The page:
Assembled by Nick Gardner
The Vanguard is an online news group that provides coverage of criminal justice reform and the courts, throughout California and the nation. The Davis Vanguard began by covering Davis and Yolo County with groundbreaking news about local government and policy issues affecting city, schools, county in 2006. And then expanded a few years ago to Sacramento and the surrounding region.
Today, the team has grown, encompassing about 40 to 50 interns who monitor and report on live court proceedings in more than six different counties throughout California, from the State Capitol and Sacramento to the Greater San Francisco Bay Area, the Central Valley and Southern California.
Stories range from attorneys facing challenges over remote hearings via Zoom to someone being mistakenly called up to court for probation to a defendant being exposed about a drug deal through his Instagram account. In the last two weeks, four of our articles also became state and regional stories.
This week, the interns covered courthouses in Sacramento, Yolo, and Fresno Counties. They monitored several dozen courtrooms with up to 19 cases within a shift.
This is what you missed if you didn’t read The Vanguard, just a sample of what we reported this week:
Sacramento County Superior Court
Reporter Danae Monique: Julisha Douglas appeared in Dept. 63 on charges of PC § 187(a), felony murder, and PC § 29800(a)(1), possession of a firearm by a felon. Douglass appeared Monday morning with her Public Defender Brooks Parfitt for a bail review with the hope of reducing her $2 million bail amount. The defense’s argument was based on Article 1 Section X11 of the California Constitution, which states “ capital crime with a factor evidence when the presumption is great, violent felony offenses where there is clear and convincing evidence that there is substantial likely of harm to others upon release and the factor evident or presumption great, and felony offenses where the defendant has threatened another person with bodily harm with substantial likelihood that would carry out threat if released.” Deputy District Attorney Andrew Smith disagreed due to the need to ensure public safety in general and the safety of two witnesses involved in the case. However, Douglas’ hope vanished quickly when Judge Patrick Marlette from the Sacramento Superior Court changed the $2 million dollar bail to no bail. This ruling led to the defendant telling the judge, “I want you off my case your honor, you’re biased. You’re biased!” and further voiced “You are racist as f***!” After the defendant made this statement, Judge Marlette simply said “Okay” and further proceeded to listen to the next case called. Once the defendant was escorted from the courtroom, Judge Marlette asked a member in the courtroom “Am I racist too, or just biased?” Surprised by the accusation, Marlette continued to follow the court calendar unphased.
Reporter Hannah Skepner: On Oct. 19 in Dept. 35, defendant Kenny Goldman was charged with battery against a person with bodily injury (felony), assault with a deadly weapon (felony), and resisting or obstructing a peace officer (misdemeanor). Goldman refused to appear, and furthermore refused to meet with the public defender. The DA’s office objected to Goldman’s absence, mentioning that they will give the PD one more chance to meet with the defendant and see if he’ll agree to be present, and if not, the DA’s office will issue an extraction order at the next hearing. They are coming back Nov. 4. Also in court on the 19th was Stephen Simpson. Simpson had two cases, both of which yielded offers with a program that monitors out of custody service. Both parties agreed to continue the matter until Nov. 19.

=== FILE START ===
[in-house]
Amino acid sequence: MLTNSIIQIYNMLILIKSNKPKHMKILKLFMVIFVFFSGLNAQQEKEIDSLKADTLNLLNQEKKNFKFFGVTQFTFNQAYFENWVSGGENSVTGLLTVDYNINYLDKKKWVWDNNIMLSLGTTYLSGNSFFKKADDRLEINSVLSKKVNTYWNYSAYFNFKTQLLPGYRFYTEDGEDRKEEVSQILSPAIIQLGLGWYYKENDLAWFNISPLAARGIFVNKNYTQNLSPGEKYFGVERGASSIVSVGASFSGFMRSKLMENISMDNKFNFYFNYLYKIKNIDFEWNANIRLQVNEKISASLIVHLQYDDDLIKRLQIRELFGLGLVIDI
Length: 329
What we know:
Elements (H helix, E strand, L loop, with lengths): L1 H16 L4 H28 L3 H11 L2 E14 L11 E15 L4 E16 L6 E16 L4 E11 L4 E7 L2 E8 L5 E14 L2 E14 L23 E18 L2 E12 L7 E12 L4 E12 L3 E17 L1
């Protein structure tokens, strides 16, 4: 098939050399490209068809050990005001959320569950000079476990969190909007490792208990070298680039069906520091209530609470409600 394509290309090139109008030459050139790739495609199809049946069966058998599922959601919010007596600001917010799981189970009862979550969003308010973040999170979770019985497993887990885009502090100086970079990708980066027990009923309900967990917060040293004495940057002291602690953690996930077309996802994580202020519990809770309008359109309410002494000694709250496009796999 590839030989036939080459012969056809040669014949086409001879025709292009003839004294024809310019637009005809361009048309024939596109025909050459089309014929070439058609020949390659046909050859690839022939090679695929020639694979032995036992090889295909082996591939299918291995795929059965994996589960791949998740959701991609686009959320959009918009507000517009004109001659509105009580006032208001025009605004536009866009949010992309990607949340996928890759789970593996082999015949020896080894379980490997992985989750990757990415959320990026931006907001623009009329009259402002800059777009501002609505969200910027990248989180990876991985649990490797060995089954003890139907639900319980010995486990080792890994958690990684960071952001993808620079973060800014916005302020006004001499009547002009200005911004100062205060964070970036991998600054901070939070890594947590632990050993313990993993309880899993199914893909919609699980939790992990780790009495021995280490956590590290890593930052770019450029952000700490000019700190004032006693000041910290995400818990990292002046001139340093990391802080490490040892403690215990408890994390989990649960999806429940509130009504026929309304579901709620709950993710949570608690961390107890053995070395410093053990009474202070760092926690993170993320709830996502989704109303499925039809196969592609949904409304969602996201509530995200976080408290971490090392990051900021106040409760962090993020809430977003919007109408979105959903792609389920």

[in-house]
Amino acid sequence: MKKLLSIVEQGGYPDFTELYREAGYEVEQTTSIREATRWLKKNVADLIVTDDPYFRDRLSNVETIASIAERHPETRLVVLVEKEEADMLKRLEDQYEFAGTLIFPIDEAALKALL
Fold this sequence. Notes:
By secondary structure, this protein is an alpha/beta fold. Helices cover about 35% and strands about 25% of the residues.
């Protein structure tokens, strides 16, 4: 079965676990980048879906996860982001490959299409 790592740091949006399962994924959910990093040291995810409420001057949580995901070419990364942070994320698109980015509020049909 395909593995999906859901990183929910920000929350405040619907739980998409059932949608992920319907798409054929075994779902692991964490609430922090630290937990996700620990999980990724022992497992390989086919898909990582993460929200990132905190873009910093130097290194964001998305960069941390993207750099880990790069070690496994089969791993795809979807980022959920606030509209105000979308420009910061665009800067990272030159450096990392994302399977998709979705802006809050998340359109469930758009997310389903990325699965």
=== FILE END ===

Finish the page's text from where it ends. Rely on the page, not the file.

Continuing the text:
Reporter Roxanna Jarvis: Two significant cases were covered in Dept. 42 on the 19th.
The first case on the calendar involved two defendants, Joshua Kennedy and Jana Lee, and they seemed to either be boyfriend and girlfriend, or husband and wife. Both of them were charged with four counts of child endangerment regarding two children. There were two separate occasions and they received one count per child, per occasion. Kennedy received additional allegations on two counts, one for each child, for inflicting great bodily injury. Both Kennedy and Lee waived their right to a preliminary hearing, meaning they would be arraigned and after held to answer at a jury trial. Attorney Adam Weiner served as Kennedy’s lawyer, with Attorney Russell Miller representing Lee. DDA TeriAnn Grimes was the prosecutor in the case. Their arraignment was set for Nov. 13. Grimes put forward the offer and exposure for both defendants. Kennedy’s exposure is 17 years and 8 months, whereas Grimes’ offer to Kennedy was a total of nine years. Lee’s exposure was 10 years, but she would get a total nearly five and one half years with Grimes’ offer. Grimes is going to hold the offer open until the arraignment date, and then she will revoke it.
The second case concerned defendant Kevin Bunn, represented by Deputy PD Kimberli Miller.
Bunn did not appear in court, as he refused to come. Miller stated that it might be for the best, as he refused to see her when she tried to speak with him before the hearing.